Category Archives: Horseback Riding

Beginner Horsemanship Dos & Don’ts

Horsemanship dos and don’ts are important to teach to beginners because children love horses and therefore, horses can be a magnet to them. Teach your children to be safe around horses with help from a Certified Horsemanship Association instructor in this video on beginning horsemanship.

Originally posted 2012-02-05 07:06:57.

Learning to Sit the Trot

One of the hardest things to learn how to do. Takes lots of core strength and balance. I always remind my students that after Training level you can no longer rise in the trot. (Note) – First level you can rise in the lengthening.The rider must learn to have soft hips and relax to follow the horse’ rhythm. The horse must be soft in their back and in the rider’s hands for them to easily sit the trot.

Originally posted 2012-02-01 07:03:18.

Canter – Your Horse’s Problem or Yours?

Canter Sequence
Canter Sequence

Canter has a definite left and right leg sequence. If your horse is on the wrong leg his legs are moving in right canter sequence on the left reign or left canter sequence on the right reign. A correct sequence is:

  1. outside hind
  2. inside hind and outside fore together
  3. inside fore

Your horse stretches his inside fore further forward than the outside to help him stay balanced (As you would put out a hand to steady yourself) which is why he needs to strike off correctly.

Take a look at these common mistakes – and why they won’t help your horse.

  1. Turning your horse’s head or leaning your body to the inside.Imagine all your weight was on one side of your body on a corner. You’d put out your other leg to try to stay upright, right? That’s exactly what he’ll do. To stay balanced he’ll throw his weight onto his outside front leg and make it his leading leg.
  2. Using your outside leg harder. If your outside leg is banging on your horse’s side he’ll bend away from it. If he’s bent to the outside he’ll take that lead.
  3. Turning a tight circle in the hope you’ll ‘encourage’ your horse to take the correct leg will only unbalance him. If he feels he’s falling to the inside he’ll throw his weight to the outside and take the wrong lead.

Most riders know the aids to canter but how you give them can have a huge effect on your transitions. Sitting trot is a key part of any canter transition. Do you avoid sitting for too long so you don’t upset your horse? Think again! What you actually need to do is sit for longer so he has time to relax.

Practice sitting trot. As you sit relax every muscle in your seat. Forget about how you look. If you’re a bit unstable initially it’s actually less unsettling for your horse than sitting and asking for canter in one stride.

Your horse must bend to the inside to strike off correctly but to do that he needs to bend through his body not from his head. Keep your contact even in both hands and use your body to bend him. He’ll mirror everything you do with your body with his. Turn your shoulders and hips to the inside and he’ll do the same.

Your outside leg moves back to tell your horse which leg to start cantering with (his outside hind). A firm nudge from your inside leg tells him when to go. Once in canter remember to move your outside leg back into position so you stay square and balanced in the saddle or you’ll unintentionally be asking him to move his quarters in.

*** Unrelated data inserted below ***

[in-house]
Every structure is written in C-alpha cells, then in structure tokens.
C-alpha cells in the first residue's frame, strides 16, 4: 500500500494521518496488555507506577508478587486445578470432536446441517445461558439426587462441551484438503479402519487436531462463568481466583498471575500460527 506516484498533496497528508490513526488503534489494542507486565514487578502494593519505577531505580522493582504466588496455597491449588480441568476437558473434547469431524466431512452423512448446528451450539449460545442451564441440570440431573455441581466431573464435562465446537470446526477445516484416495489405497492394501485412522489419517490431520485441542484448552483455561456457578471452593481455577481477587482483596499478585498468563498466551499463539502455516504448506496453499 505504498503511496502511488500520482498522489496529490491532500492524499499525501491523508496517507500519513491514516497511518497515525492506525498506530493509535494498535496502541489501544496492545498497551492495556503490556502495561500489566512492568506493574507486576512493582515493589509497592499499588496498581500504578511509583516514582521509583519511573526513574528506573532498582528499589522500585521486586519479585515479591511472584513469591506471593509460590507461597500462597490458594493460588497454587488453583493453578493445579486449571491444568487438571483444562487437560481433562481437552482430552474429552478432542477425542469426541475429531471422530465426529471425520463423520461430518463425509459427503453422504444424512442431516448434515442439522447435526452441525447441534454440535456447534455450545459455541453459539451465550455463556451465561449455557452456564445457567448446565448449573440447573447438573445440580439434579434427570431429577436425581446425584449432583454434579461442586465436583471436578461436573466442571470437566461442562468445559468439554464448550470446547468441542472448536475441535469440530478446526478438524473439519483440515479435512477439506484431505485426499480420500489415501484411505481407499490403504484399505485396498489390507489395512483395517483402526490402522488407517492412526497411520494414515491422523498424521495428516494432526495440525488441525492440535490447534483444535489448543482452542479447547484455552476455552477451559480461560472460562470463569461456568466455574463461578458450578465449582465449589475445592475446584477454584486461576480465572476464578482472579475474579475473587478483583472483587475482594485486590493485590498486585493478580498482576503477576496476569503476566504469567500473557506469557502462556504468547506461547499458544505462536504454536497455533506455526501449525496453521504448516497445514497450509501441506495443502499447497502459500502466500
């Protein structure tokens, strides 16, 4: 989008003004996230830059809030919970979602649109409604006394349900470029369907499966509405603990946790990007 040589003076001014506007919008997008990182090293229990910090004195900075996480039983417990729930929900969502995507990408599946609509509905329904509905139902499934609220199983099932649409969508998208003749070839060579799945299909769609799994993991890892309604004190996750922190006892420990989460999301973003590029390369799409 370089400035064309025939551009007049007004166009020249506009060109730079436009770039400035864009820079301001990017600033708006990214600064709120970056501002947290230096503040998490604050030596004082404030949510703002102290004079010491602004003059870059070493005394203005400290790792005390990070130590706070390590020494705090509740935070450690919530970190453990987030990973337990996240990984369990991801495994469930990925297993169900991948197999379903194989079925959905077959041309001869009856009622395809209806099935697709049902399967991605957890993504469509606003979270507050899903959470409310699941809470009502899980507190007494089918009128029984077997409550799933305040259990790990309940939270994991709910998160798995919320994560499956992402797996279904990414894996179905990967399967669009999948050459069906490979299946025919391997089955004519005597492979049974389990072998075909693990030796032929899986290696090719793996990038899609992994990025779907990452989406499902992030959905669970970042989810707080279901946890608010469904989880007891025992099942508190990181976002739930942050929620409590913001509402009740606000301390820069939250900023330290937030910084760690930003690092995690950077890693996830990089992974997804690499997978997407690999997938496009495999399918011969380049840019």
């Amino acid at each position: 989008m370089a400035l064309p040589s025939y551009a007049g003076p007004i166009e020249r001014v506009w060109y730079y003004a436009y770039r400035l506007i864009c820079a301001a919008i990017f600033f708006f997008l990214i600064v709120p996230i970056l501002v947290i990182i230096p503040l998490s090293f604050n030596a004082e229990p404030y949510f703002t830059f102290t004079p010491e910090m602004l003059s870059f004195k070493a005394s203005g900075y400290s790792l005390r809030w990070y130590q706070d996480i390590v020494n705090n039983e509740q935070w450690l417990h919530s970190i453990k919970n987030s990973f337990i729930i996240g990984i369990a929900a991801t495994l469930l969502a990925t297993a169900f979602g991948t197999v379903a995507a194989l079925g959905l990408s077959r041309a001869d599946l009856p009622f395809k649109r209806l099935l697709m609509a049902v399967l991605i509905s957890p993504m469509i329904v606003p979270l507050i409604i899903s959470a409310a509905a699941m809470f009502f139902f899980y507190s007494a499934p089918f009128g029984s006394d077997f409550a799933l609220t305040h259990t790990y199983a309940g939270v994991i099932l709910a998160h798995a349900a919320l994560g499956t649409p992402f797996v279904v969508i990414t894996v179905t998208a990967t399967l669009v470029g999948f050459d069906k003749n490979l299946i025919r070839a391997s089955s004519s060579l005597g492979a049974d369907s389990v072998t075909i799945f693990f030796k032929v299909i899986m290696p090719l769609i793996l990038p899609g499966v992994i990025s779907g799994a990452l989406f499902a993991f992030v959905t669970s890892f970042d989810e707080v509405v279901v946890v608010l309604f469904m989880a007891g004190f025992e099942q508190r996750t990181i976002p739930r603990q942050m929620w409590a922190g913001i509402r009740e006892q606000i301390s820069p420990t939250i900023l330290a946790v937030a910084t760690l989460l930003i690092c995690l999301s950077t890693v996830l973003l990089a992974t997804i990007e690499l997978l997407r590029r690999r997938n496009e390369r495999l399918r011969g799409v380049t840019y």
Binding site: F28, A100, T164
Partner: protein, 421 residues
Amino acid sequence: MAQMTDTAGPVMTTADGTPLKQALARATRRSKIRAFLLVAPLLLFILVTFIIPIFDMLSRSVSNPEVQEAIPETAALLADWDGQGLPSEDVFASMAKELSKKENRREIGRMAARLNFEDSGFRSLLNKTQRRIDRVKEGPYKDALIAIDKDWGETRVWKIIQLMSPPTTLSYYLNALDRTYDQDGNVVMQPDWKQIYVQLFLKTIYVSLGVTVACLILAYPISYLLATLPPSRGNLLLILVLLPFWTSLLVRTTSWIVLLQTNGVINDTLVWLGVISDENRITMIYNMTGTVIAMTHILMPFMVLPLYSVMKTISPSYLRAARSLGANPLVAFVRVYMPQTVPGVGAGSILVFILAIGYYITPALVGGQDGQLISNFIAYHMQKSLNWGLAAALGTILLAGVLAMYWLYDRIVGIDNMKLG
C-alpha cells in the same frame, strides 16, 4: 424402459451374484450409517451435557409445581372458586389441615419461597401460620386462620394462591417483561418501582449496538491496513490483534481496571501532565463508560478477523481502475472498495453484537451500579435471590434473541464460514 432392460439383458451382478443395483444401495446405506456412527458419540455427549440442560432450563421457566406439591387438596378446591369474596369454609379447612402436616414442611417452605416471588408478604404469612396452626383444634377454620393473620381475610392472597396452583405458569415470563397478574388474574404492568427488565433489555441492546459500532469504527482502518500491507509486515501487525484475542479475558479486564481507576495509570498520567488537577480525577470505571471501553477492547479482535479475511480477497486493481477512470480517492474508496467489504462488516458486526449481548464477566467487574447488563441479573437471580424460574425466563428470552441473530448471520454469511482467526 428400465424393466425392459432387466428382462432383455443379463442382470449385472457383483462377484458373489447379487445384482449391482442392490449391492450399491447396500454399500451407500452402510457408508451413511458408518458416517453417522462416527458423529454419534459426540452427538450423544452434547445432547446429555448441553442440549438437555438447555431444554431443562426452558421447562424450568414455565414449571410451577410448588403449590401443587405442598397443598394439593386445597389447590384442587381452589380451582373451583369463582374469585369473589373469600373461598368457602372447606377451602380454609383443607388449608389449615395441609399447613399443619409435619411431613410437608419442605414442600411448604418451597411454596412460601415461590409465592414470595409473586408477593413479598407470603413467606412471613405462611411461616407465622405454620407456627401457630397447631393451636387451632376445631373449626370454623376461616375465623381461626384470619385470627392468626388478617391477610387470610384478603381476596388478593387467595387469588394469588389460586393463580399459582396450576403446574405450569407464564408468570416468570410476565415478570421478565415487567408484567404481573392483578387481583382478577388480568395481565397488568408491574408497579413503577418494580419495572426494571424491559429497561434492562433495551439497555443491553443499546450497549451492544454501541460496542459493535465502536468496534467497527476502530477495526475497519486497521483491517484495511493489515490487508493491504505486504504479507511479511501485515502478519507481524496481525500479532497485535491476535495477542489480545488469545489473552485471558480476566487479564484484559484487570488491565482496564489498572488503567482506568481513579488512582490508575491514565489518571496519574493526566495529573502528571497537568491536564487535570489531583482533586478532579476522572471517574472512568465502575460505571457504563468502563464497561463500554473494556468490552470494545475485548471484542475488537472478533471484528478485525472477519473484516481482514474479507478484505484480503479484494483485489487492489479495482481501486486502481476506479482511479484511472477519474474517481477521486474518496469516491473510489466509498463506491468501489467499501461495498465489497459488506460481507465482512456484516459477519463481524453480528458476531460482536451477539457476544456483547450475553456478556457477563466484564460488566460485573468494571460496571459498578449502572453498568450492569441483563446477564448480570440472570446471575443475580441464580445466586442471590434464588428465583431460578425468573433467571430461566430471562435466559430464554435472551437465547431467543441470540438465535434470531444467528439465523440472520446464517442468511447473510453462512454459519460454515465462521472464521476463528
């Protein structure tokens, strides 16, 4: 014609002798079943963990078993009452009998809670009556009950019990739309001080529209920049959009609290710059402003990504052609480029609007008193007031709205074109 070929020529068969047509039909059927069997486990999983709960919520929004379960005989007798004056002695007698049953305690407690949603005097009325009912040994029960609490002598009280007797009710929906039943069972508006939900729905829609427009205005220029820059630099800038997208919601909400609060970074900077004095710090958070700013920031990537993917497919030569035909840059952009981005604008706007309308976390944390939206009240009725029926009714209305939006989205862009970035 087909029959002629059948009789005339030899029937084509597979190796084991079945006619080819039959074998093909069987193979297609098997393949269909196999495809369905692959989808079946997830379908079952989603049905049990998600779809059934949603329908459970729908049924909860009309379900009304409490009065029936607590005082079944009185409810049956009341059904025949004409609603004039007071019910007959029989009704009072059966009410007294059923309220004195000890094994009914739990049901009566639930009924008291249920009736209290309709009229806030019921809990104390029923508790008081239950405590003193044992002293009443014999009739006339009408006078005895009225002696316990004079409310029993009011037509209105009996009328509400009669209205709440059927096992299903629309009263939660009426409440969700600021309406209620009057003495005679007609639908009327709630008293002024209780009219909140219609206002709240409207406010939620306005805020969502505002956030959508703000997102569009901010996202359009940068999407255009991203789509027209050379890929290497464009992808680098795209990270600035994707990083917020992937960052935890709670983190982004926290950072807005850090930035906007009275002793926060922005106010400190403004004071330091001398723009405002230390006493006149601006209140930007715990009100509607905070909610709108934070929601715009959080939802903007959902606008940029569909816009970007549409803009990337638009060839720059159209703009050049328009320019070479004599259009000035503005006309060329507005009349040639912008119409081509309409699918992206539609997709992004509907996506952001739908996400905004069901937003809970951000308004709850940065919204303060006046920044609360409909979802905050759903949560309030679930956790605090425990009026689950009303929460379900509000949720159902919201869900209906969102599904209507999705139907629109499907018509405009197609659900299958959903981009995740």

Practice asking for canter on a 20m circle. Stay in sitting trot. Canter half a circle and trot half. Concentrate on the transitions. Ride 10 on each reign before you finish. Stay calm. One wrong lead isn’t a disaster. Settle your trot and ask again.

Remember your horse can only do what you ask. If he gets the wrong leg stop and think for a second. Are you sure it’s his fault? Or is he just doing what he’s told?

Do you want to keep up-to-date with the latest equestrian news, laugh at some funny horse bloopers or get inspired by beautiful horse quotes?

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Basic Necessities for Safe, Enjoyable Trail Riding

Trail riding offers us the opportunity to see the world in a unique way, to enjoy the outdoors while enjoying the greatest sport on earth – horseback riding. Not only is it good for people to get out, see beautiful scenery, it is also great for the horse to have a change of pace. Of all the equestrian activities, trail riding is probably what most horses would choose to do if they were allowed to make a choice on what work they do. Most horses seem to enjoy going down the trail.

Basic necessities for safe, enjoyable trail riding include the following:

A capable horse

A horse that is trained well enough to be safe riding out on the trail – knows basic commands and is obedient under stress; doesn’t panic easily

The horse is fit enough for the work asked of him – you’ve done some basic riding and conditioning prior to going out on the trail

Tack that fits properly – it doesn’t matter if it’s English, western, endurance – just so it fits your horse well, does not interfere with him being able to move freely, and fits you as a rider also so that you, too, are comfortable. If you use a breast collar or crupper, make sure it’s fitted properly so that it doesn’t rub on the horse’s shoulders or between his legs. Use a saddle pad that provides enough cushion to protect the horse’s back but not one so thick and heavy that it creates a lot of heat under the saddle. Look through some good trail riding handbooks and tack catalogs for ideas and recommendations. A good rule to remember is to never, ever try out brand new tack or equipment on a long ride.